"Rhetorical hysteria" was one legal expert on Cardinal Marc Ouelett's anti-same-sex-marriage-bill remarks. While the cleric was testifying to the Canadian Senate that priests could go to jail for even discussing homosexuality, he didn't find support in the legal community.
The Globe and Mail (requires free registration) report went to academicians who study hate-crime prosecution. A key point is that "...the hate-crimes law does not apply in cases where the statements made are proved to be true or in cases where they are expressed in good faith or in an attempt to voice an opinion on a religious subject." Few such prosecutions have occurred and those only for cases where the speakers were trying to foment hatred.
University of Toronto political science professor David Rayside called remarks like the Cardinal's "rhetorical hysteria." He noted that the Roman Catholic Church has not been prosecuted for refusing to marry divorces people or ordain women priests. For non-religious organizations, the latter type of discrimination would clearly violate the Charter of Rights and Freedoms.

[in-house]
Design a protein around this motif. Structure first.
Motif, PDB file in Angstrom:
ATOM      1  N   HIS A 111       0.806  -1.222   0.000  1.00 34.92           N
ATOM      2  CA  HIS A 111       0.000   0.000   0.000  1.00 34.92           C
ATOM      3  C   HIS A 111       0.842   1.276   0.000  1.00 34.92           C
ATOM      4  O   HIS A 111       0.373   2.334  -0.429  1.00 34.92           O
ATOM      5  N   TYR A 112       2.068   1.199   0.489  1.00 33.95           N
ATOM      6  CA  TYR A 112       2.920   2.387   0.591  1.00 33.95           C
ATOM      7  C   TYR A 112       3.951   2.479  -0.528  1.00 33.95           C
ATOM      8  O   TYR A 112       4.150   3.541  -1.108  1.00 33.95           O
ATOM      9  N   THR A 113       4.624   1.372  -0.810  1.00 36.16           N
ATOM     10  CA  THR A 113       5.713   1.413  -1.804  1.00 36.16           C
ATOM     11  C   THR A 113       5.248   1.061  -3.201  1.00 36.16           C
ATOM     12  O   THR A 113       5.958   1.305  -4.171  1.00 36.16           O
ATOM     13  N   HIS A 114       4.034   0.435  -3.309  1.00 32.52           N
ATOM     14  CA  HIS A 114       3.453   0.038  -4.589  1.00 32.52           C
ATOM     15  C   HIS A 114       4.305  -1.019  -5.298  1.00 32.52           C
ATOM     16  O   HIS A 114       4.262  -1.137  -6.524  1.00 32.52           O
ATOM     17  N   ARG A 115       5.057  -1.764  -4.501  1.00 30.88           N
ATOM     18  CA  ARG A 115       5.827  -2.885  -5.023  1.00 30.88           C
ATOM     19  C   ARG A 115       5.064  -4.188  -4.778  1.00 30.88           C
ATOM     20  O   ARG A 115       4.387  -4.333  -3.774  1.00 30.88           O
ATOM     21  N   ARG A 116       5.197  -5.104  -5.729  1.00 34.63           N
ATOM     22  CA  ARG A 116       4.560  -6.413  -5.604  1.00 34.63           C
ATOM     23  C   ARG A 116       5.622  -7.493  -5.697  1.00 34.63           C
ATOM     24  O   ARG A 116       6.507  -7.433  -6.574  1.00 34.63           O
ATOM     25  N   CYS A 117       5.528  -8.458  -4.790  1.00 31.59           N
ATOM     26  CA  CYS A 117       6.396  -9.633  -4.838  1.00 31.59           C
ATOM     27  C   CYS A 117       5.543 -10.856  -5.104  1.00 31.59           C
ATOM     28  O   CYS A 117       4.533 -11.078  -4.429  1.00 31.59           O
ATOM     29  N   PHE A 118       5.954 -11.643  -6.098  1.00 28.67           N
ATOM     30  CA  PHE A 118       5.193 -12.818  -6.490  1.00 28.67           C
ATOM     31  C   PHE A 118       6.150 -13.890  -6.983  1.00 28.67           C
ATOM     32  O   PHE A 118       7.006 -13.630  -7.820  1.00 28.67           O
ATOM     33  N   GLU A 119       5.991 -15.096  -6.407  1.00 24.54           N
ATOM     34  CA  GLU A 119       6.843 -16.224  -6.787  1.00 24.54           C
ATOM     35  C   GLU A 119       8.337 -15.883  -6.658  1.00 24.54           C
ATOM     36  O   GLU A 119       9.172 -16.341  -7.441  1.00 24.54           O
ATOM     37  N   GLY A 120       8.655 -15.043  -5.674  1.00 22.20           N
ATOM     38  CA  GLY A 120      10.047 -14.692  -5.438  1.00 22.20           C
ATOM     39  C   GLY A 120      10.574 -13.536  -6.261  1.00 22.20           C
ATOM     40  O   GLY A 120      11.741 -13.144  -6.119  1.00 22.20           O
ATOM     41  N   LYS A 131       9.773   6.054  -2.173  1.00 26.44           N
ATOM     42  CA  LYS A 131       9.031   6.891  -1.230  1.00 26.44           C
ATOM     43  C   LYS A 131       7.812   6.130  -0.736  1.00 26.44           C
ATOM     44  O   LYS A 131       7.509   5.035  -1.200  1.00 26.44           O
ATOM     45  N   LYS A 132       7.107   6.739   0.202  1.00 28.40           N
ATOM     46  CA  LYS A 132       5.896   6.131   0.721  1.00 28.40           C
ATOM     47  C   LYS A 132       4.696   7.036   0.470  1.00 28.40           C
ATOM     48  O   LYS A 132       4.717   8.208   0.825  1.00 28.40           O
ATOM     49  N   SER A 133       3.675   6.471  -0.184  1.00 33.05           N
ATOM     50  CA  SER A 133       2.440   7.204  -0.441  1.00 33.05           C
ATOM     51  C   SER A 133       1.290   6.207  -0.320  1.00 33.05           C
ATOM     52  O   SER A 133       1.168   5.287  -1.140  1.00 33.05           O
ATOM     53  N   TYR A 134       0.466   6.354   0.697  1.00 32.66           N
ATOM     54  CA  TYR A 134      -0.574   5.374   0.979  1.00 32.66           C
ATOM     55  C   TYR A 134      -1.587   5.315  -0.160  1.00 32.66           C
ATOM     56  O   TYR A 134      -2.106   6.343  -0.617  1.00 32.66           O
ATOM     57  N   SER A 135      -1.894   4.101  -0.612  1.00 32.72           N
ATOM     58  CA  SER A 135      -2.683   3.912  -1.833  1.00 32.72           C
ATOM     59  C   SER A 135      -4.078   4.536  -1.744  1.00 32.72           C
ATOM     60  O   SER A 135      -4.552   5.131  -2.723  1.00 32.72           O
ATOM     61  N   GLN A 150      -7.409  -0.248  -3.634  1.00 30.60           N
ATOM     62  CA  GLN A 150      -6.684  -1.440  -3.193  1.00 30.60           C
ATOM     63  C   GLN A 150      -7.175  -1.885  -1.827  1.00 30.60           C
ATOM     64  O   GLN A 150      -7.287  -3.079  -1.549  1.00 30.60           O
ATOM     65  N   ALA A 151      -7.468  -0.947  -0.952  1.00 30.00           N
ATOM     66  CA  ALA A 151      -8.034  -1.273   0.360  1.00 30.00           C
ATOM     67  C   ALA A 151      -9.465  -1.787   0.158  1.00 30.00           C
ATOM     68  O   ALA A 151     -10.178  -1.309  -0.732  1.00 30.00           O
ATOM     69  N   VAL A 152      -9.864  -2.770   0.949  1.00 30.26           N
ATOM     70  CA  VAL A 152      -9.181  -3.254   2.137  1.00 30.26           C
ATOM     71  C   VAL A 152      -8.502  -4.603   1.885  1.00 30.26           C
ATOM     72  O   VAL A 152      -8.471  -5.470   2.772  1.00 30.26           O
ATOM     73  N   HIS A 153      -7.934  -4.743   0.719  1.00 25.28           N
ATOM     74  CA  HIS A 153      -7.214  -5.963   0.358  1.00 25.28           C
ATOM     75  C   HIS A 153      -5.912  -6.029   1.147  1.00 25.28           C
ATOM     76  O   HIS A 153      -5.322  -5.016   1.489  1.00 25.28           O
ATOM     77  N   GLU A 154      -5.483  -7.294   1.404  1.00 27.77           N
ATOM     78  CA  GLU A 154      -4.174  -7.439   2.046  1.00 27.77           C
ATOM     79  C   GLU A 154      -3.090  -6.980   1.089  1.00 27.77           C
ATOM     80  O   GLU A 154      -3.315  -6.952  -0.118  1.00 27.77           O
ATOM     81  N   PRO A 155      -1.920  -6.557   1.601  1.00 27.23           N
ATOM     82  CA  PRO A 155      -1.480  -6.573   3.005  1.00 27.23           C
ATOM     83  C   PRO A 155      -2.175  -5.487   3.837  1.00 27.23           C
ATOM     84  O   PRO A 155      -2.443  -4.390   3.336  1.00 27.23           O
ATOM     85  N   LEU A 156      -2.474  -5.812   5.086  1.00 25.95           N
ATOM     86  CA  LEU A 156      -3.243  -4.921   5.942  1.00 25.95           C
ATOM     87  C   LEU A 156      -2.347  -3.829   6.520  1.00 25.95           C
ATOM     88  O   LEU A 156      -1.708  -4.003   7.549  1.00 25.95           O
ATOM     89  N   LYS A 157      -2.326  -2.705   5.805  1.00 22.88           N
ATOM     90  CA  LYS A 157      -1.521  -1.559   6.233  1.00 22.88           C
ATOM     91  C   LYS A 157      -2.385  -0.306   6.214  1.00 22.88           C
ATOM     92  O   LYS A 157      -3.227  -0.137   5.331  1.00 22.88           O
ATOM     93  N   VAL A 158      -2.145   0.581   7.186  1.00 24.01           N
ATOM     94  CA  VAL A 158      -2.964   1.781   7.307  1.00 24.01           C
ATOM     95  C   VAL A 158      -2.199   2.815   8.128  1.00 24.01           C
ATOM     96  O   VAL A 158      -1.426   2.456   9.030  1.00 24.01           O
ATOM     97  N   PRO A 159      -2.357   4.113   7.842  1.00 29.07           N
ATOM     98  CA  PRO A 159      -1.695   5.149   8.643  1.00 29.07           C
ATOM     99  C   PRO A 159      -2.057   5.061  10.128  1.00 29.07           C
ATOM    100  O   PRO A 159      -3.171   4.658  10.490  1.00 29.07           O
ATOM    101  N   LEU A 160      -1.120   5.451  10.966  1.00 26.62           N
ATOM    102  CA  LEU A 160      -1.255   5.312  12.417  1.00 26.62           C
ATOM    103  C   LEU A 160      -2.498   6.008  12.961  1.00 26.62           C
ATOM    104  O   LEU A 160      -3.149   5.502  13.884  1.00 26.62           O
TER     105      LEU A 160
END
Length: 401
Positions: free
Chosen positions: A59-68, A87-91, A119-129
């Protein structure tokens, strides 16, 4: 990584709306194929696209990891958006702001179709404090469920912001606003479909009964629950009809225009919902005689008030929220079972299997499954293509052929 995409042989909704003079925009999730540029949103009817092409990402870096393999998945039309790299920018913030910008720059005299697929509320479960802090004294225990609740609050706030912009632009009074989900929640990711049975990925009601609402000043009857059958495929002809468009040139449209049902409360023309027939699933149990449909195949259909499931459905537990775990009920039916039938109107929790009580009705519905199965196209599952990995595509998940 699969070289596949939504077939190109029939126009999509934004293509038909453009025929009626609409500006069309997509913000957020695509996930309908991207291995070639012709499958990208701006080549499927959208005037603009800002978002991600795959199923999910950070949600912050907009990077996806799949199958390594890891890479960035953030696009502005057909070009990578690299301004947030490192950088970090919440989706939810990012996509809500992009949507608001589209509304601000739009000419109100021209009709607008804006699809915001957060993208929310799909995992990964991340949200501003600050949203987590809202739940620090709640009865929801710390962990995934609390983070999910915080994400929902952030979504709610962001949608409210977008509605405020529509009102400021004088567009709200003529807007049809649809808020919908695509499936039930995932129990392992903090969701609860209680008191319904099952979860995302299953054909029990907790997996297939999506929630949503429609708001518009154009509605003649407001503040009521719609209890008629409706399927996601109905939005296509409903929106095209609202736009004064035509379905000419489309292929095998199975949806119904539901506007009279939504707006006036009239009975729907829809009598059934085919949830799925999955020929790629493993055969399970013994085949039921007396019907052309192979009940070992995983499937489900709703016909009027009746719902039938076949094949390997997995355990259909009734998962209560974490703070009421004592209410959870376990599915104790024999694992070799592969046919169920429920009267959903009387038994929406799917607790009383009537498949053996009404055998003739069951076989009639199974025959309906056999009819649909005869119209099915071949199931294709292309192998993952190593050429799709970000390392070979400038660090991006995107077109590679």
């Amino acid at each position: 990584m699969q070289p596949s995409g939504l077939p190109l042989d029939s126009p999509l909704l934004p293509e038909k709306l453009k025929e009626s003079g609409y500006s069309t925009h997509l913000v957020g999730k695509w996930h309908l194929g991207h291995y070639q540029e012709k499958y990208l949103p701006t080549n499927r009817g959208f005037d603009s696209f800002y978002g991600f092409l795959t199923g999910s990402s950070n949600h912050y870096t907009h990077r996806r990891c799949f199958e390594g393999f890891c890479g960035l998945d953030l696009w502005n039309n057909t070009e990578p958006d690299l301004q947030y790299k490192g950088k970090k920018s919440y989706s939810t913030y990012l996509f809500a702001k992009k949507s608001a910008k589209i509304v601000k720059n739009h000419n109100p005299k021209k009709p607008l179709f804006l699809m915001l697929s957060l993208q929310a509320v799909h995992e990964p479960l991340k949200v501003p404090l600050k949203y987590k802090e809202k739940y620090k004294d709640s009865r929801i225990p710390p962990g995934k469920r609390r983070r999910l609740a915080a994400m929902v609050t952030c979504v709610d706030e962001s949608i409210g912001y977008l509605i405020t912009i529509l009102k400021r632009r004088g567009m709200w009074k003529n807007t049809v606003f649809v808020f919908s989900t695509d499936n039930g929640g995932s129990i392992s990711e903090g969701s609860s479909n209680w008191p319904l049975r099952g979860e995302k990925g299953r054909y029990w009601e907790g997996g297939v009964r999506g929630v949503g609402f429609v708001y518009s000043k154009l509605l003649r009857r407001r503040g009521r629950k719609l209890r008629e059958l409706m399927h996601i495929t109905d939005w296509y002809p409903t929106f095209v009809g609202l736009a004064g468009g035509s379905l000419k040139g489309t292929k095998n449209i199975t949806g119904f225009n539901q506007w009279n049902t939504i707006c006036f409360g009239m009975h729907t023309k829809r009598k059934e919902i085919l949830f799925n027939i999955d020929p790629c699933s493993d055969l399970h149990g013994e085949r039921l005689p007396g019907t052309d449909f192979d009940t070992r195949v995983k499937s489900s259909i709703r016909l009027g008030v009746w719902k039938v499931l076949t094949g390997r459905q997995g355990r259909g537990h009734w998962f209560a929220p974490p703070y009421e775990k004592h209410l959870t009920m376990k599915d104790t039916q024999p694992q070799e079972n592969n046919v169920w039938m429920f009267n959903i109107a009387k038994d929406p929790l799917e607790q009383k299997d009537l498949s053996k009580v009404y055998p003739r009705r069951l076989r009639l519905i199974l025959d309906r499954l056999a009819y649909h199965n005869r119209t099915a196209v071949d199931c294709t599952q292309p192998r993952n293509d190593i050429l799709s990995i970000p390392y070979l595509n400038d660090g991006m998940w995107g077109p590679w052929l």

The kindest spin on the Cardinal's bluster came from Justice Minister Irwin Cotler. (By the bye, he is in Israel at the Maccabiah Games, representing Canada in ping pong masters division play. Keen.) He commented, "when people speak out of a sense apprehension, if not anguish, then they may overstate their case.